More details on the OnePlus 6T also hit the web this week thanks to a leaked render. While the render only shows us a small portion of the device, it does confirm a few details such as the removal of the rear fingerprint sensor and the dual-camera array.

This first render only shows us the top third of the phone, but even that little bit confirms some interesting details… we can basically confirm that this phone will still offer dual cameras. Rumors started floating around a few weeks ago that the OnePlus 6T would offer three cameras, but this render can put those rumors to rest. Another tidbit is that the rear fingerprint sensor is gone.

After a couple months of Android 9 Pie being available on Google’s Pixel devices, an early build of Samsung’s take on the latest update also leaked out. The company’s design makes some major changes to the look of the platform, but this early build definitely still has some bugs.

Android 9 Pie has been out for a little over a month so far, but outside of GoogleOnePlus, and Essential, there haven’t been many updates. This week, we’re getting our first look at Samsung’s take on Pie on the Galaxy S9+ and, well, a whole lot has changed…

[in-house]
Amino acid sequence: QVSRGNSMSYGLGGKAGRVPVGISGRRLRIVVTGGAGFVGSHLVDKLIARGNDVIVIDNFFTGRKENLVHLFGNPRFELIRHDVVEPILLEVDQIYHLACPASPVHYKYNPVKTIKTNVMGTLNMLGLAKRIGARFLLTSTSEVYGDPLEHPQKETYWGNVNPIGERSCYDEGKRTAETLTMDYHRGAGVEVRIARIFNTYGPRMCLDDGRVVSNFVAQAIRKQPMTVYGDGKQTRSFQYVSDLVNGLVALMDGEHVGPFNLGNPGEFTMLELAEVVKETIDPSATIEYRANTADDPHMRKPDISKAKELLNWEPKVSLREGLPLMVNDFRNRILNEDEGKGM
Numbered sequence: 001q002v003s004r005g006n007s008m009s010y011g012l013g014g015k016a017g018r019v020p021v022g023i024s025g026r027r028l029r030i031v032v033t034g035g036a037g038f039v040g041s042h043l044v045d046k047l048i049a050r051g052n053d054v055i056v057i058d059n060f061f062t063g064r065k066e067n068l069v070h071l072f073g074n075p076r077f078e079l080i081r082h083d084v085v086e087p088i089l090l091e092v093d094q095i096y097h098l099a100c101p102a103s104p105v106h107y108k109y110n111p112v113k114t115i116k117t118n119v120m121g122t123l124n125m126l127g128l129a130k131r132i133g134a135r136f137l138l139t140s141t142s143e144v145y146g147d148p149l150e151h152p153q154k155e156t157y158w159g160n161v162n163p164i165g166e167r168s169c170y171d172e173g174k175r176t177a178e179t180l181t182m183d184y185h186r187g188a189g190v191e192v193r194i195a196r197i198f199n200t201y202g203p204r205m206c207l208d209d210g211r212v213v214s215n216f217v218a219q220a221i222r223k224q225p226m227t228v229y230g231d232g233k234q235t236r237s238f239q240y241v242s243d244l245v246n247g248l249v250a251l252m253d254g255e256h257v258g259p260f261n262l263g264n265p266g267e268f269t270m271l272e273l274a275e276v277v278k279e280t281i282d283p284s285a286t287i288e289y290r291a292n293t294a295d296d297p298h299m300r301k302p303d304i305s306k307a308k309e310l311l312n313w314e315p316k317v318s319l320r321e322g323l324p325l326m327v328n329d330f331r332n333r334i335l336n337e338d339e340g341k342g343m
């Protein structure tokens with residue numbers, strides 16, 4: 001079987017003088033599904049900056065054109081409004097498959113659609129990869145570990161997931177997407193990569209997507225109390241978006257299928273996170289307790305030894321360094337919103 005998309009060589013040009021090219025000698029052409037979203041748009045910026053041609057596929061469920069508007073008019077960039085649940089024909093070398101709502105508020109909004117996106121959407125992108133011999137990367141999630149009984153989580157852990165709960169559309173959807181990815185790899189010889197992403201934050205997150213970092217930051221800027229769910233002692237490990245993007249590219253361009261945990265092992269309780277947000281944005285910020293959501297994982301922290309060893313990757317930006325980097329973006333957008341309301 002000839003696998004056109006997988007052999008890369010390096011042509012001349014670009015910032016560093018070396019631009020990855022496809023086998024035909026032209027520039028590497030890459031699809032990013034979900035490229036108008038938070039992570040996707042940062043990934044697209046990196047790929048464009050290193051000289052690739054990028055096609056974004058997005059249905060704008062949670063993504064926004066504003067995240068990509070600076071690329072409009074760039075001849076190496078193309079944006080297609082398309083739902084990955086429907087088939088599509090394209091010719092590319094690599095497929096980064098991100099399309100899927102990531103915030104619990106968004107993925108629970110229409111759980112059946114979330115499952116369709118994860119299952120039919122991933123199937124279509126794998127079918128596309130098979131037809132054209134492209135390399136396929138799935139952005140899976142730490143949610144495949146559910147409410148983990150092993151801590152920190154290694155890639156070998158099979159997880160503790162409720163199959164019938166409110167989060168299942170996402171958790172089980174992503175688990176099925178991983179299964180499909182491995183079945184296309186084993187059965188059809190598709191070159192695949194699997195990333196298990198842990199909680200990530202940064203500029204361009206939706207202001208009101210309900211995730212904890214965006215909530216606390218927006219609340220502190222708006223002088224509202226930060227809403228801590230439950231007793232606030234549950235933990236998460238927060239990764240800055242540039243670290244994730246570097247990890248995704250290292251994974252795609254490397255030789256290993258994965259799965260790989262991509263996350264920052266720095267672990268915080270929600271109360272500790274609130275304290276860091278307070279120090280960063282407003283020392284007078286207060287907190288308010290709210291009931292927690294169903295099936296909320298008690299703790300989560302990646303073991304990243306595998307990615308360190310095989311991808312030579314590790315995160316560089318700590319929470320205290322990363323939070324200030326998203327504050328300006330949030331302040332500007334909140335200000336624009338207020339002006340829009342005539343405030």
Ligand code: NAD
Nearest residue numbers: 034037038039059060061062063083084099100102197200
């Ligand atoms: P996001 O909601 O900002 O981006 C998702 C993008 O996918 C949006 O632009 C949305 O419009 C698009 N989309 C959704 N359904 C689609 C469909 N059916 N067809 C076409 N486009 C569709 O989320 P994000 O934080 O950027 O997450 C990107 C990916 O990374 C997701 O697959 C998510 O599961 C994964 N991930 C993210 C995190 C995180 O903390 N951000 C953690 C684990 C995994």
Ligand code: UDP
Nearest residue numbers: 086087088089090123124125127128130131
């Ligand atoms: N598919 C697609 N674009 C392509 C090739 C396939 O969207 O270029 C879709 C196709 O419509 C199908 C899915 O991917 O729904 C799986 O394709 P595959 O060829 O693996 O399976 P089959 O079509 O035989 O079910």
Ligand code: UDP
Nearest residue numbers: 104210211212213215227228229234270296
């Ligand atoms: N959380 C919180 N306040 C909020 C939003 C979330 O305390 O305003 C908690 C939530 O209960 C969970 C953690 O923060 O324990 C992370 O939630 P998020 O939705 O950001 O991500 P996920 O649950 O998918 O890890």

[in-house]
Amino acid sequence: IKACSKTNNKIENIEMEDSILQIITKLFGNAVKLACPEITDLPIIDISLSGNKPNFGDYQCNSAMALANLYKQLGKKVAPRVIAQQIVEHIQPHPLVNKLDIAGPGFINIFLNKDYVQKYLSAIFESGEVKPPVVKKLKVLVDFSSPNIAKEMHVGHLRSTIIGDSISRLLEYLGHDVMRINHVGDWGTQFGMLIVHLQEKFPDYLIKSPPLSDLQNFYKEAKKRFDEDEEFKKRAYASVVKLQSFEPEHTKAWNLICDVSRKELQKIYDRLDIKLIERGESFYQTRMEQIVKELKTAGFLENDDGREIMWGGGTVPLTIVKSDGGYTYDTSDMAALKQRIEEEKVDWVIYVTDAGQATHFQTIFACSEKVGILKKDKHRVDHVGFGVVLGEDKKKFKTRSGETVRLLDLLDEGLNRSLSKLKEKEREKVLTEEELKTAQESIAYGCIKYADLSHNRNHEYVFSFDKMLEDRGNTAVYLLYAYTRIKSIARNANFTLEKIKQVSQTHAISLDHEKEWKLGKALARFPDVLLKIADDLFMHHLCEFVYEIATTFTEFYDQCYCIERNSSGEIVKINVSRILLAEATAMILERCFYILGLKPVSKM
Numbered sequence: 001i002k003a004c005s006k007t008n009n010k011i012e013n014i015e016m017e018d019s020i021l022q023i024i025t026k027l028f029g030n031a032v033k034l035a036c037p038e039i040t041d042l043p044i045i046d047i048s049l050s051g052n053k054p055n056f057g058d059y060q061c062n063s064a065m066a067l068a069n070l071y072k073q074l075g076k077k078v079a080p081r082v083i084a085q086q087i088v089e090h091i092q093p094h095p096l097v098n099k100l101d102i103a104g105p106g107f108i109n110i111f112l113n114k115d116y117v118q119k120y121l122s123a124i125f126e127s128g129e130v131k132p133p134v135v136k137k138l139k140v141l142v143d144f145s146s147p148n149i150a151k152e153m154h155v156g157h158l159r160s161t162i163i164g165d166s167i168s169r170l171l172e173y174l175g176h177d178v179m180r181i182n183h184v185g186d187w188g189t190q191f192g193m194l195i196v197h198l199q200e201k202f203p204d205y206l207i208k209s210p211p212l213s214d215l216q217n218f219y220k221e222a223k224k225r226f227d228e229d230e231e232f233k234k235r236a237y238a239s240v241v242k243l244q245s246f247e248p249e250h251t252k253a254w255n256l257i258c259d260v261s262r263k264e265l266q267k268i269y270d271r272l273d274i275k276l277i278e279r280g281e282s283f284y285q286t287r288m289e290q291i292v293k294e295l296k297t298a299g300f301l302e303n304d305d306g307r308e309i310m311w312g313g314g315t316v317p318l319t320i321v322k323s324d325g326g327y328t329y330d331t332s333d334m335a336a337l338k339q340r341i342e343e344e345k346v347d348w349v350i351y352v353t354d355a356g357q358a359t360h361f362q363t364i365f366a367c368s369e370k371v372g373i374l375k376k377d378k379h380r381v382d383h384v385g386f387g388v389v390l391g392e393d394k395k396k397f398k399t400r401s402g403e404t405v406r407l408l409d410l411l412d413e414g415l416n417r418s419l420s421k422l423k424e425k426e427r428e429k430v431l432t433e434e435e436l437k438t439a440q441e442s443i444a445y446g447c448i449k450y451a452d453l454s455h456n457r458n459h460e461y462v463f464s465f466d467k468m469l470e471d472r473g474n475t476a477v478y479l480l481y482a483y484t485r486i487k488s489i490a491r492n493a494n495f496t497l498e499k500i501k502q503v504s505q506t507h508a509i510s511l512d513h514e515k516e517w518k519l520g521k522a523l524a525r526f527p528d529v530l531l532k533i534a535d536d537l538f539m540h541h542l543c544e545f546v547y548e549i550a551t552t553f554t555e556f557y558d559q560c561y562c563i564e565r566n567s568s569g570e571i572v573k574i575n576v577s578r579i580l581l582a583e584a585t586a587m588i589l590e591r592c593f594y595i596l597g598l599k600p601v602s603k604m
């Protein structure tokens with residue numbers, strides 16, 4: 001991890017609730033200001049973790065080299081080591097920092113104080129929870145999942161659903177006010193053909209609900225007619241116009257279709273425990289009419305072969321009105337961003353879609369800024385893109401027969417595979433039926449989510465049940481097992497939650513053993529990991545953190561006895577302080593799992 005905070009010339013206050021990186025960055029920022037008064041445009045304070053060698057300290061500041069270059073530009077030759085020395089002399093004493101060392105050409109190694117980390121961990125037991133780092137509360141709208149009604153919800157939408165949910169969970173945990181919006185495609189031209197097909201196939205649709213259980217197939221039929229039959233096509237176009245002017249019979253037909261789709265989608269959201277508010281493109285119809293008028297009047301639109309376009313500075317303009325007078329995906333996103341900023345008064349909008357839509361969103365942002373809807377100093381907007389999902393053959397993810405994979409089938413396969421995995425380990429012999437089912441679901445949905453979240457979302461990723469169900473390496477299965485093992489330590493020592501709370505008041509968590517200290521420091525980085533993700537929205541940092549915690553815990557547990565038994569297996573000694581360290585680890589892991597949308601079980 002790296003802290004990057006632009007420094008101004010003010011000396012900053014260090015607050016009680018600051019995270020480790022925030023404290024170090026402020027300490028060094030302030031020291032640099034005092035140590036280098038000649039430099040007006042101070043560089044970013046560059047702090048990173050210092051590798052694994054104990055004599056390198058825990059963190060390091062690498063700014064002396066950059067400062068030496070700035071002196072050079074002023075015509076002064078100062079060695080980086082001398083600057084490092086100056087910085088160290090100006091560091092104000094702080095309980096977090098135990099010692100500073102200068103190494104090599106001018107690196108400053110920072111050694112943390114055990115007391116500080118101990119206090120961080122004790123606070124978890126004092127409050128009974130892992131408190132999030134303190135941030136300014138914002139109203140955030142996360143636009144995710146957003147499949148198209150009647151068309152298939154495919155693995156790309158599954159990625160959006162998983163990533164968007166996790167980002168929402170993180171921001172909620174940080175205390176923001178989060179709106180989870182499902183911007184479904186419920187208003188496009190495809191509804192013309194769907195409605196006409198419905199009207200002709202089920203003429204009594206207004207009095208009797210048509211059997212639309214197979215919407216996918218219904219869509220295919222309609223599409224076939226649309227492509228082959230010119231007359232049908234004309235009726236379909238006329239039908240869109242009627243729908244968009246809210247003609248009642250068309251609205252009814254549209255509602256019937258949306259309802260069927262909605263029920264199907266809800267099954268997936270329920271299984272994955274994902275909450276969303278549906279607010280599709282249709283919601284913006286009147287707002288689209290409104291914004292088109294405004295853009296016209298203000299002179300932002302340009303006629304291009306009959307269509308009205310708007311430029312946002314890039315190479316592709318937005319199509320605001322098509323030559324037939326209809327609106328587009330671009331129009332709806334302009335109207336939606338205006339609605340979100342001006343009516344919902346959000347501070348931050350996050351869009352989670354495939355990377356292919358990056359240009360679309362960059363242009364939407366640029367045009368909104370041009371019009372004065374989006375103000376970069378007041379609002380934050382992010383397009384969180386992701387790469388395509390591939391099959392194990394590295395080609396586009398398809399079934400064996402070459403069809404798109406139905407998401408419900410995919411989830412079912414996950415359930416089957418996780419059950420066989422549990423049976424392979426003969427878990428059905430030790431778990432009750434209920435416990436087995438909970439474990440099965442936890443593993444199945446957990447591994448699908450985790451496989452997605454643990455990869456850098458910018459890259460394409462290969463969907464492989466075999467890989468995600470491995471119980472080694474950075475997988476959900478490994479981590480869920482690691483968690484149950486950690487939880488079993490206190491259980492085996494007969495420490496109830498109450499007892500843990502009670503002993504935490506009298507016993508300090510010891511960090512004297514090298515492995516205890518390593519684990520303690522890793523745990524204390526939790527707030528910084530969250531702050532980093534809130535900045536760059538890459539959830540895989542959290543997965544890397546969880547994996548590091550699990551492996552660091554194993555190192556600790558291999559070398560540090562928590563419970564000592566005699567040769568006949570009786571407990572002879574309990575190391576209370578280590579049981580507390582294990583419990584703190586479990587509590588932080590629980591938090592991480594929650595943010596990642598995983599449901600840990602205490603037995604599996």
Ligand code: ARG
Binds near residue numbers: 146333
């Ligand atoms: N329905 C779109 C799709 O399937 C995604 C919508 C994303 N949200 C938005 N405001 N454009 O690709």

Our own Damien Wilde also took a closer look at two new devices this week with full reviews of the Huawei Y9 and the Moto E5 series.

Kyle Bradshaw also took a first look at an early build of the Chromium browser on Google’s Fuschia OS.

Google has long been at work trying to get their Chromium web browser up and running on their upcoming, work-in-progress Fuchsia operating system. We now get to see the first fruits of that effort, with a hands-on look at Chromium for Fuchsia.

The rest of this week’s top stories follow:

Android |

Google |

Chrome |

Apps & Updates |

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Nintendo Gives Terminal Cancer Patient The Chance To Play Smash Bros. Ultimate

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Last weekend, we reported on a young man named Chris Taylor with terminal cancer, who made the decision in July to decline further treatment. With an estimated three to six months left to live, his last wish was to play Nintendo’s recently announced game, Super Smash Bros. Ultimate.

Taylor’s comments on social media gained traction on websites like Reddit and the video game community started a campaign to help him gain access to a pre-release version of Smash. Not long after this, his wish came true, when Nintendo arrived at his house with a copy of the E3 demo of Ultimate.

Below are some photos from the man himself showing the special moment:

It’s great to see the video game community including a company like Nintendo get behind such a campaign. We hope Chris and his friends enjoyed their time with the new Smash Bros.

Note: Please be respectful in the comments.